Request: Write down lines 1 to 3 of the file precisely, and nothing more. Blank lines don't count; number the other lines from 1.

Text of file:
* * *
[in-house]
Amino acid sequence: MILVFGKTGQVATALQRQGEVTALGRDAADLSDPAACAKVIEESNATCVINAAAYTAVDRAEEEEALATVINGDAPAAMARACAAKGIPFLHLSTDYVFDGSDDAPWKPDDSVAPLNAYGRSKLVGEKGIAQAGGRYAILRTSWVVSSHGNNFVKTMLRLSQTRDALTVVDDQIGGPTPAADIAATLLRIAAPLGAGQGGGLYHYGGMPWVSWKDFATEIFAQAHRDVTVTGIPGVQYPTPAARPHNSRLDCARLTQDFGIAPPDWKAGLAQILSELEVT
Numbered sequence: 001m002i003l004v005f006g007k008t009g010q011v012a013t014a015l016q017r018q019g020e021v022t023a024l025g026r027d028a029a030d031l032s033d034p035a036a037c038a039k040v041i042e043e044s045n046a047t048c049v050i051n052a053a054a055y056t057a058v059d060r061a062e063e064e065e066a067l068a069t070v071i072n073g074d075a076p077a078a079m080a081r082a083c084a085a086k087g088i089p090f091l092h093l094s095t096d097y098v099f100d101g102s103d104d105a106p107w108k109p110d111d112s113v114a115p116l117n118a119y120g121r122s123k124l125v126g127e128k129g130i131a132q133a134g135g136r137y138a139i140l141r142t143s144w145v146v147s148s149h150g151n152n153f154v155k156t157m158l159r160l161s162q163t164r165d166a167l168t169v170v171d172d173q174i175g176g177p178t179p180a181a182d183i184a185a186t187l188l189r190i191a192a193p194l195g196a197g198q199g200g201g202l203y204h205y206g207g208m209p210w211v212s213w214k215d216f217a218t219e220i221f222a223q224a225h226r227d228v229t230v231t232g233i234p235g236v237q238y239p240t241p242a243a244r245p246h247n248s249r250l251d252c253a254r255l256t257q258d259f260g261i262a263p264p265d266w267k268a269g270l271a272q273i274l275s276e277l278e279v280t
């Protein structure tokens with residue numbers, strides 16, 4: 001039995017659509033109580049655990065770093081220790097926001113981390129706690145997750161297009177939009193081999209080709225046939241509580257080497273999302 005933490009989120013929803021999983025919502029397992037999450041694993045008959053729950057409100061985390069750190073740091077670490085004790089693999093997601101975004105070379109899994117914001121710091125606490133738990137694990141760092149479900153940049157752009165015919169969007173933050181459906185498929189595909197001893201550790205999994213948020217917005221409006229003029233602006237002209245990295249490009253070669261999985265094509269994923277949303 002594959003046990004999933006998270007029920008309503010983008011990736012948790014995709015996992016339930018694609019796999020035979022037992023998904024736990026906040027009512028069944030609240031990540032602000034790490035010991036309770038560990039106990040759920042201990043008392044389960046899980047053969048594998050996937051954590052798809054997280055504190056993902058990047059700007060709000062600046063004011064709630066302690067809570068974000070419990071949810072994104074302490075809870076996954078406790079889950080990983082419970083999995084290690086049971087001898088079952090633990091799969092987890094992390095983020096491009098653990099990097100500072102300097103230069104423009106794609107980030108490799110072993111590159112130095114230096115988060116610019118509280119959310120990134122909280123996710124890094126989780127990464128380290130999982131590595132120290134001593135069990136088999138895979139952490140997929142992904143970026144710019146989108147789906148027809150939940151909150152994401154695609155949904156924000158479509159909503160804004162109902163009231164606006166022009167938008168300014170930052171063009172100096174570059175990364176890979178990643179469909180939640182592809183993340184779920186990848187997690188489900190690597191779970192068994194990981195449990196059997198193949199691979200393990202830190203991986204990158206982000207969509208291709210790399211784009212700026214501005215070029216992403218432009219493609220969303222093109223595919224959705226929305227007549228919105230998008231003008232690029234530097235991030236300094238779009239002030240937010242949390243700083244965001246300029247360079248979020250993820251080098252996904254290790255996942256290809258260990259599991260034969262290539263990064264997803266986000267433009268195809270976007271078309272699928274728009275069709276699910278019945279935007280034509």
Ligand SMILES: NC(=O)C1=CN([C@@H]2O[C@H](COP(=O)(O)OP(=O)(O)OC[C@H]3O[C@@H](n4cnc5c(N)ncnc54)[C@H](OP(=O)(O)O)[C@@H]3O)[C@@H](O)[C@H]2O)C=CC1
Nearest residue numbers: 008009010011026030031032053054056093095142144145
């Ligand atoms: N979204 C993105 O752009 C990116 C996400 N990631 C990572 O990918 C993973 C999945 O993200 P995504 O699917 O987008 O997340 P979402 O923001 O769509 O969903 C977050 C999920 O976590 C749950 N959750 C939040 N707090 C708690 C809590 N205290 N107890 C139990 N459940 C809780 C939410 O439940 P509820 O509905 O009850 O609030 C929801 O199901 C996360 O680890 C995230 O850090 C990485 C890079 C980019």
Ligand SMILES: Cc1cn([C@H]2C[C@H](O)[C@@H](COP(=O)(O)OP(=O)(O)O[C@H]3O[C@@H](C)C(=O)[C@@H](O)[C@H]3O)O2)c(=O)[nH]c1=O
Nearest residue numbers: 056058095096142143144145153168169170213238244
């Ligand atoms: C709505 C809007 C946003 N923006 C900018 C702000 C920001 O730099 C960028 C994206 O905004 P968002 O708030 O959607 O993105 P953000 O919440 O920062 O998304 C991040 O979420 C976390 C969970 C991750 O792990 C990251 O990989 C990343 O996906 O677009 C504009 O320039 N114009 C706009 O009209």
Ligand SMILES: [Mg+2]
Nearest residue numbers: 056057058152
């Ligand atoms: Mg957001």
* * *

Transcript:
[in-house]
Amino acid sequence: MILVFGKTGQVATALQRQGEVTALGRDAADLSDPAACAKVIEESNATCVINAAAYTAVDRAEEEEALATVINGDAPAAMARACAAKGIPFLHLSTDYVFDGSDDAPWKPDDSVAPLNAYGRSKLVGEKGIAQAGGRYAILRTSWVVSSHGNNFVKTMLRLSQTRDALTVVDDQIGGPTPAADIAATLLRIAAPLGAGQGGGLYHYGGMPWVSWKDFATEIFAQAHRDVTVTGIPGVQYPTPAARPHNSRLDCARLTQDFGIAPPDWKAGLAQILSELEVT
Numbered sequence: 001m002i003l004v005f006g007k008t009g010q011v012a013t014a015l016q017r018q019g020e021v022t023a024l025g026r027d028a029a030d031l032s033d034p035a036a037c038a039k040v041i042e043e044s045n046a047t048c049v050i051n052a053a054a055y056t057a058v059d060r061a062e063e064e065e066a067l068a069t070v071i072n073g074d075a076p077a078a079m080a081r082a083c084a085a086k087g088i089p090f091l092h093l094s095t096d097y098v099f100d101g102s103d104d105a106p107w108k109p110d111d112s113v114a115p116l117n118a119y120g121r122s123k124l125v126g127e128k129g130i131a132q133a134g135g136r137y138a139i140l141r142t143s144w145v146v147s148s149h150g151n152n153f154v155k156t157m158l159r160l161s162q163t164r165d166a167l168t169v170v171d172d173q174i175g176g177p178t179p180a181a182d183i184a185a186t187l188l189r190i191a192a193p194l195g196a197g198q199g200g201g202l203y204h205y206g207g208m209p210w211v212s213w214k215d216f217a218t219e220i221f222a223q224a225h226r227d228v229t230v231t232g233i234p235g236v237q238y239p240t241p242a243a244r245p246h247n248s249r250l251d252c253a254r255l256t257q258d259f260g261i262a263p264p265d266w267k268a269g270l271a272q273i274l275s276e277l278e279v280t